Turkey’s debt has all the characteristics of junk bonds -- without the rating.
Record lira weakness, a political stalemate that threatens to leave the country without a government, escalating conflict with the country’s Kurdish minority, a looming repeat of June’s general elections, a terrorist bombing in the heart of Istanbul, a central bank that investors accuse of doing too little, too late and a push against Islamic State on the southern border are combining to undermine Turkey’s hard-won investment grade.
Of the six countries whose foreign debt Moody’s Investors Service rates at the level just below Turkey’s, five have lower yields. Only Russia is higher, meaning Turkey is deemed more risky than junk-level countries including Morocco, Paraguay and Guatemala.
“The market is moving ahead of rating agencies in trading Turkey credit as sub-investment grade,” said Abbas Ameli-Renani, global emerging-market strategist at asset manager Amundi in London. “The single biggest factor is the deterioration in the domestic political outlook and the escalation of geopolitical risk.”
Turkey has had investment-grade ratings from Moody’s and Fitch Ratings Ltd. for more than two years, after the government led by then-Prime Minister Recep Tayyip Erdogan improved public finances. Standard & Poor’s rates the country at its highest junk level.
The two investment-grade ratings shows Turkey fulfills the criteria that many international investment funds require to buy its government bonds. Losing one would worsen bond outflows already totaling over 4 billion dollars this year.
“I’m pretty sure Turkey will be downgraded if things don’t change, and it’s hard to see where that change is going to come from,” said Markus Kiraly, head of the emerging markets’ foreign exchange trading desk at Toronto Dominion in London. “What the country needs is a stable, democratic government and an independent central bank.”
Both of those were made more remote this week. Coalition talks that aimed to resolve June elections that denied a majority to the party Erdogan led before his presidency failed to produce agreement, pushing the country closer to a repeat vote. And on Tuesday the central bank decided against raising interest rates. Instead, it published a policy road map that economists at Standard Chartered Bank dismissed as ‘brief, vague and free of market-supportive announcements.’’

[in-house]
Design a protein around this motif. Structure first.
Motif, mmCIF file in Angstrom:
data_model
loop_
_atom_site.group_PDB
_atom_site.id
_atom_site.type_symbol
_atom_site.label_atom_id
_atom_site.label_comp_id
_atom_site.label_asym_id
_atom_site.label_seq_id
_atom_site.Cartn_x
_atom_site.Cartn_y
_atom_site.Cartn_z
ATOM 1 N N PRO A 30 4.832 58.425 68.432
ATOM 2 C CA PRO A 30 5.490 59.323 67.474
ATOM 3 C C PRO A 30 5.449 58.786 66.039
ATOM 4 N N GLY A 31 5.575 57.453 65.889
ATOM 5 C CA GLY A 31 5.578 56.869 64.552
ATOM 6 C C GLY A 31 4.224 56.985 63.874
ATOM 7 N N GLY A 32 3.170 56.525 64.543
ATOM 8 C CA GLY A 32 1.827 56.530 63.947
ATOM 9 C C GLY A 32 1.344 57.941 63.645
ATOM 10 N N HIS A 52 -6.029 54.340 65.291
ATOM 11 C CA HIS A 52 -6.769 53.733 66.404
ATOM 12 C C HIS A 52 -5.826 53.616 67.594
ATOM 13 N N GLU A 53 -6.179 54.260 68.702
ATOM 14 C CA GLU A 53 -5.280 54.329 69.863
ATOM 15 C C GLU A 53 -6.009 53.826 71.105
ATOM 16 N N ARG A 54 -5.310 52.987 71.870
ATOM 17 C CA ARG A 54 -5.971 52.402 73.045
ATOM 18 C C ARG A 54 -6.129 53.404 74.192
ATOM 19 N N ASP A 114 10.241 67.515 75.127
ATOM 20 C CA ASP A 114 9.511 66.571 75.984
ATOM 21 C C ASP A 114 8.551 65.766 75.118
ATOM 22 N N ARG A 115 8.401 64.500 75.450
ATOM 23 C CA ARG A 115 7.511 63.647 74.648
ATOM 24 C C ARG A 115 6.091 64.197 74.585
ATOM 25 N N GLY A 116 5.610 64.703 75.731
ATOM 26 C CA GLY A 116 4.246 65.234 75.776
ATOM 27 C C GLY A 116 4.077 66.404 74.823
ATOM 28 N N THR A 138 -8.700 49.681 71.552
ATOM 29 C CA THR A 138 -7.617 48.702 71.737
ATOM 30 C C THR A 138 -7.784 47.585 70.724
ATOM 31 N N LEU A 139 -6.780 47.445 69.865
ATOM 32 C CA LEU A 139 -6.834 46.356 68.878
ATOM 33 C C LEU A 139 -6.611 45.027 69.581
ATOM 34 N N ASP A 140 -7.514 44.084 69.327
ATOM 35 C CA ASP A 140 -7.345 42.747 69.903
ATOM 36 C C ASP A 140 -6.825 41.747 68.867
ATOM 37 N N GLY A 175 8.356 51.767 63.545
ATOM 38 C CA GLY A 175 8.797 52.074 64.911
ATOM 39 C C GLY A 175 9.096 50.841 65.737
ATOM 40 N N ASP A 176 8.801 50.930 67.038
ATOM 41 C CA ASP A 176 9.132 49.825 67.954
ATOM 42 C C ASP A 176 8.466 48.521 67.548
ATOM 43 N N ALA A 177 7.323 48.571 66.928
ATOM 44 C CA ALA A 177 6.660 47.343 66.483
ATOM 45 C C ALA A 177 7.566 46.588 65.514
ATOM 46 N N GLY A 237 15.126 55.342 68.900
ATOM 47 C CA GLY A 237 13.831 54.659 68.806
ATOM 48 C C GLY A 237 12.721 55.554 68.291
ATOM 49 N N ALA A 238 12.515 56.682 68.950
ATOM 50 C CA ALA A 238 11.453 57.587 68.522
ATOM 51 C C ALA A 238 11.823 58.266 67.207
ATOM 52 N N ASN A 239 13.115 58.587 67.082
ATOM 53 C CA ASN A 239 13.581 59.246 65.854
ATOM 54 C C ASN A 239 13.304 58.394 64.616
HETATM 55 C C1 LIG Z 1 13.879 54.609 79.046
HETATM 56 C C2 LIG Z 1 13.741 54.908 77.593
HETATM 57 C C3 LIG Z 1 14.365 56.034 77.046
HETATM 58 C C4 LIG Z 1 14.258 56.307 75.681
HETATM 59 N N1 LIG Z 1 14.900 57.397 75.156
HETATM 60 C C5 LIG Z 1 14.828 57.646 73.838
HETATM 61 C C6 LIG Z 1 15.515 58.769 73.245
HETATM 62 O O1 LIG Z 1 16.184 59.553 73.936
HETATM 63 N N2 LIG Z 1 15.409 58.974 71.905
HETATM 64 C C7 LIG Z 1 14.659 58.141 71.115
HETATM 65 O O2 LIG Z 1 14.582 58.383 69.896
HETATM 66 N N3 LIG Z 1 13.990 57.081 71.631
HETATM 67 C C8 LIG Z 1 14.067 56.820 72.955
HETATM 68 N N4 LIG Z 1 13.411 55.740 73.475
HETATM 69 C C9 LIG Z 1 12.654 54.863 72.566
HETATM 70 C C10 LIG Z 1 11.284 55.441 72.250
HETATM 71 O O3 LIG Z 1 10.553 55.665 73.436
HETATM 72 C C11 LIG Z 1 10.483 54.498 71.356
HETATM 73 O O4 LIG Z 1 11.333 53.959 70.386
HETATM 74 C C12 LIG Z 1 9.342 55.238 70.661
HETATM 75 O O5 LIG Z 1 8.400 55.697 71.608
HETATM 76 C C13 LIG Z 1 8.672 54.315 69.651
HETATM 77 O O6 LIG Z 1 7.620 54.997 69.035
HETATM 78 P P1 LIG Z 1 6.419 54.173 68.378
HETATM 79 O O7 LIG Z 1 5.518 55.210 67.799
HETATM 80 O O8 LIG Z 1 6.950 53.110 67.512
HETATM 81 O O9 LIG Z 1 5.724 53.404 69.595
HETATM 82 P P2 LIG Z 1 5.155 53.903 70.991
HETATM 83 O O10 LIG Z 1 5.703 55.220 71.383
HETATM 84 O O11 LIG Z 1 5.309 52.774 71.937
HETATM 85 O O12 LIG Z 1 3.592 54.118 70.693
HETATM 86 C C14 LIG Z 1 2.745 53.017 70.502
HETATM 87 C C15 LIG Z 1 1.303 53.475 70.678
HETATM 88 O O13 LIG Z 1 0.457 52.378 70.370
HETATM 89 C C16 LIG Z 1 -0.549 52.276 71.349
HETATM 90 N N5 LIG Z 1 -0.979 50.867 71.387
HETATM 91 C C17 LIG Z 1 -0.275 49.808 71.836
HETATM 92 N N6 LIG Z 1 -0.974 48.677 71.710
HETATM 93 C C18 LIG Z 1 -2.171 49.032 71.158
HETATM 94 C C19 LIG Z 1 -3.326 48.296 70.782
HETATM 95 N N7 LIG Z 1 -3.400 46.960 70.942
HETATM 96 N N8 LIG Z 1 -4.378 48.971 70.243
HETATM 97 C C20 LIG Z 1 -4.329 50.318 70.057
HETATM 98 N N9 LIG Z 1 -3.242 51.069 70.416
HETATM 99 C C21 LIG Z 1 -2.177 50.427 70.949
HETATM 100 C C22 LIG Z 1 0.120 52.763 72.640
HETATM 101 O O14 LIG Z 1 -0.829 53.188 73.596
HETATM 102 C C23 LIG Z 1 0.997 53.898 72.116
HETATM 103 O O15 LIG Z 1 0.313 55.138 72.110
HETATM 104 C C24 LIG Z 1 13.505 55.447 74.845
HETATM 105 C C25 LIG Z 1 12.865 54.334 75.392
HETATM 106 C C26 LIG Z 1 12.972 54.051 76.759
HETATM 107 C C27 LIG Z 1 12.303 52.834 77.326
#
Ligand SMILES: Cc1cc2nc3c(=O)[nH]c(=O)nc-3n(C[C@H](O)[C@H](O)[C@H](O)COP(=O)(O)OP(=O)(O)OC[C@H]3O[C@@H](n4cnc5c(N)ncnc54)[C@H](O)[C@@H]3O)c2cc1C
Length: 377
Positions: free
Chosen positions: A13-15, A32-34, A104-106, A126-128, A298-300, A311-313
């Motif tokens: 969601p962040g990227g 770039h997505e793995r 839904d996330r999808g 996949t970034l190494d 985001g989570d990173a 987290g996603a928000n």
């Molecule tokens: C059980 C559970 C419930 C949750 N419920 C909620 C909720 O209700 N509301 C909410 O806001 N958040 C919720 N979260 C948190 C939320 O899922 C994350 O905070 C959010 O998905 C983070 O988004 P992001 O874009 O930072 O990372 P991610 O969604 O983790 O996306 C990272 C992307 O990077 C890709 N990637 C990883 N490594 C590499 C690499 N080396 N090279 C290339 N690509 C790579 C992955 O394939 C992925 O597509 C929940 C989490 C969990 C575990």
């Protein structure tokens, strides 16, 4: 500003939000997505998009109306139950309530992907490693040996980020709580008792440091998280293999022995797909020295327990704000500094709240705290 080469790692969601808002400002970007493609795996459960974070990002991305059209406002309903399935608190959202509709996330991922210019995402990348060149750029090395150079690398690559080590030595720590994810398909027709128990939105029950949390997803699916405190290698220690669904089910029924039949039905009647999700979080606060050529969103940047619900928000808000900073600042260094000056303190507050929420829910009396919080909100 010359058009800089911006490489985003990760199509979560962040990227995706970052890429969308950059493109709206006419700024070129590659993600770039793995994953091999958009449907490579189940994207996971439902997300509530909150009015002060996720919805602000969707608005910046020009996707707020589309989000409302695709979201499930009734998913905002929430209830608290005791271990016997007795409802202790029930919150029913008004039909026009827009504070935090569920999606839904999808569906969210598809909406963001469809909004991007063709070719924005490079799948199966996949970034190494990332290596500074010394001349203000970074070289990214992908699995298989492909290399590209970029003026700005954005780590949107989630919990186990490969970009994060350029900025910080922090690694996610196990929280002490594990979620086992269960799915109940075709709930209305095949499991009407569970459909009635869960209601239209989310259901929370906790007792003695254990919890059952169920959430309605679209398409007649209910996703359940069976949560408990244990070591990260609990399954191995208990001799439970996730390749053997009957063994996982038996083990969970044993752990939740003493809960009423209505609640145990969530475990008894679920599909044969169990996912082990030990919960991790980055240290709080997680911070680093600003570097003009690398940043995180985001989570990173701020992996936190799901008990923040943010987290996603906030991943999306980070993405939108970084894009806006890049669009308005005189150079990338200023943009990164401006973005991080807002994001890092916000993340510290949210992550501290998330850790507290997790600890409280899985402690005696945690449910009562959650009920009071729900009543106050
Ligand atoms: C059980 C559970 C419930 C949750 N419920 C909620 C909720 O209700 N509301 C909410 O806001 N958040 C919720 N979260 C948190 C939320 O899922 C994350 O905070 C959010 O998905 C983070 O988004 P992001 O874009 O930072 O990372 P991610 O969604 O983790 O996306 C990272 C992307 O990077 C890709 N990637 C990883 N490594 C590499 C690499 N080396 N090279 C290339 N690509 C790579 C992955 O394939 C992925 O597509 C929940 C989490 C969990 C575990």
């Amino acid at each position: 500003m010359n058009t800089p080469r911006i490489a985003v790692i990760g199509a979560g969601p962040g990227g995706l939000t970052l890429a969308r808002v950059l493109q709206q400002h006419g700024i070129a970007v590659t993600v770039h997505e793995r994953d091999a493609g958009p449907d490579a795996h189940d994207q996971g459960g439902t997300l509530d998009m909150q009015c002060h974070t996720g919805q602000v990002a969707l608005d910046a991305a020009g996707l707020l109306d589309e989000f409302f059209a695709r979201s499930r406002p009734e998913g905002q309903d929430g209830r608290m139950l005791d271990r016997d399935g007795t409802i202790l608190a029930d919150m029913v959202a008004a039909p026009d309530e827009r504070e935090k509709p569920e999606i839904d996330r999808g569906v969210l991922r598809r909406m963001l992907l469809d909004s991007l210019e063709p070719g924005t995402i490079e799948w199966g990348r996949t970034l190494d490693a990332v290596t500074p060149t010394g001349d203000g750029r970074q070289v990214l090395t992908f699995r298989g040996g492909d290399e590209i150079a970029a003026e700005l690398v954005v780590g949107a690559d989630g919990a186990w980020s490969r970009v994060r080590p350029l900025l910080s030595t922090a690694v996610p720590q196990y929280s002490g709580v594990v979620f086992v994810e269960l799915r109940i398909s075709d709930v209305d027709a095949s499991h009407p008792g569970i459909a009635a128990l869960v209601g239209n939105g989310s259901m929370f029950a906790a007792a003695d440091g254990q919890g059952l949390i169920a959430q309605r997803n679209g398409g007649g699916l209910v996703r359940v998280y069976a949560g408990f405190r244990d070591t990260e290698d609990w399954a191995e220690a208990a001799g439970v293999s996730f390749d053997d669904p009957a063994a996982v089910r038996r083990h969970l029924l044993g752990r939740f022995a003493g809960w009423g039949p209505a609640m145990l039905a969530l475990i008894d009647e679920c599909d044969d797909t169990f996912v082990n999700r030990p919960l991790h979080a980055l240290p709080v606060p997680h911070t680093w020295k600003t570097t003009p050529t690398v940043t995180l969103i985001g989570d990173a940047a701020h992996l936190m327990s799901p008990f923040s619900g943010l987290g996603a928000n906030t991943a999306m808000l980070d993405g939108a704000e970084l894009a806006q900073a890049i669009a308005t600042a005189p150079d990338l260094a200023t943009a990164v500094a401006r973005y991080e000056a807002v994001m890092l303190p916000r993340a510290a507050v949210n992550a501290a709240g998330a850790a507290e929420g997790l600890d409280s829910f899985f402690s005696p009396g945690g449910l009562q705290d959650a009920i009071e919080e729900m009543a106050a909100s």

Turkey’s political turmoil was compounded further when the acting government began bomb attacks in July. Markets were spooked when the campaign against separatist elements of Turkey’s large Kurdish minority brought a sudden end to the cease-fire that Erdogan had formerly championed.
Turkey also dropped bombs on fighters for the self-declared caliphate on its border. The scale of the Islamic State assault compared to attacks on Kurds prompted accusations from Turkish parliamentarians that the assaults were being used as cover to target political opponents at home.
Opposition parties have all called for Erdogan to retreat to within the constitutionally defined limits of his power, a demand that has so far prevented any deal.
Credit default swaps -- contracts insuring against debt default -- imply Turkey is perceived to be at its riskiest since 2012. Moody’s rates Turkey at its lowest investment grade, with a negative outlook.
Turkey’s debt is riskier now than when it was officially rated junk. The 10-year dollar bond yield is 5.14 percent, compared with 3.7 percent for comparable debt issued before Moody’s May 2013 upgrade. Fitch was the first of the three ratings companies to upgrade Turkey, and keeps it on the lowest investment grade rating of BBB-. S&P rates Turkey at the highest junk level of BB+.
“Historically, Turkish assets have always been trading much better than their rating,” said Kiraly. “Now where they’re trading is implying a downgrade.”
Credit-default swaps aren’t the only indicator of Turkey’s creditworthiness, said Ozgur Altug, Turkey economist for BGC Partners Inc. in Istanbul. Deficit and debt ratios indicate Turkey is in “great shape,” he said.
“It is true that there is a serious terrorism threat and serious political mess, but downgrading Turkey’s investment-grade rating might be a little bit harsh as of today,” he said. “However, if political uncertainty continues, if budget balances worsen due to elections, then we might fear a downgrade.”
Moody’s passed up the opportunity to issue a comment at its most recent scheduled Turkey announcement earlier this month. “We would not be surprised to see a formal downgrade,” Goldman Sachs economists Ahmet Akarli and Kasper Lund-Jensen had written prior to that decision.
Representatives for both Fitch and Moody’s declined to comment on the possibility of a downgrade. In June, Moody’s analyst Alpona Banerjee said the election result was credit-negative as it increased political uncertainty and delayed necessary reforms.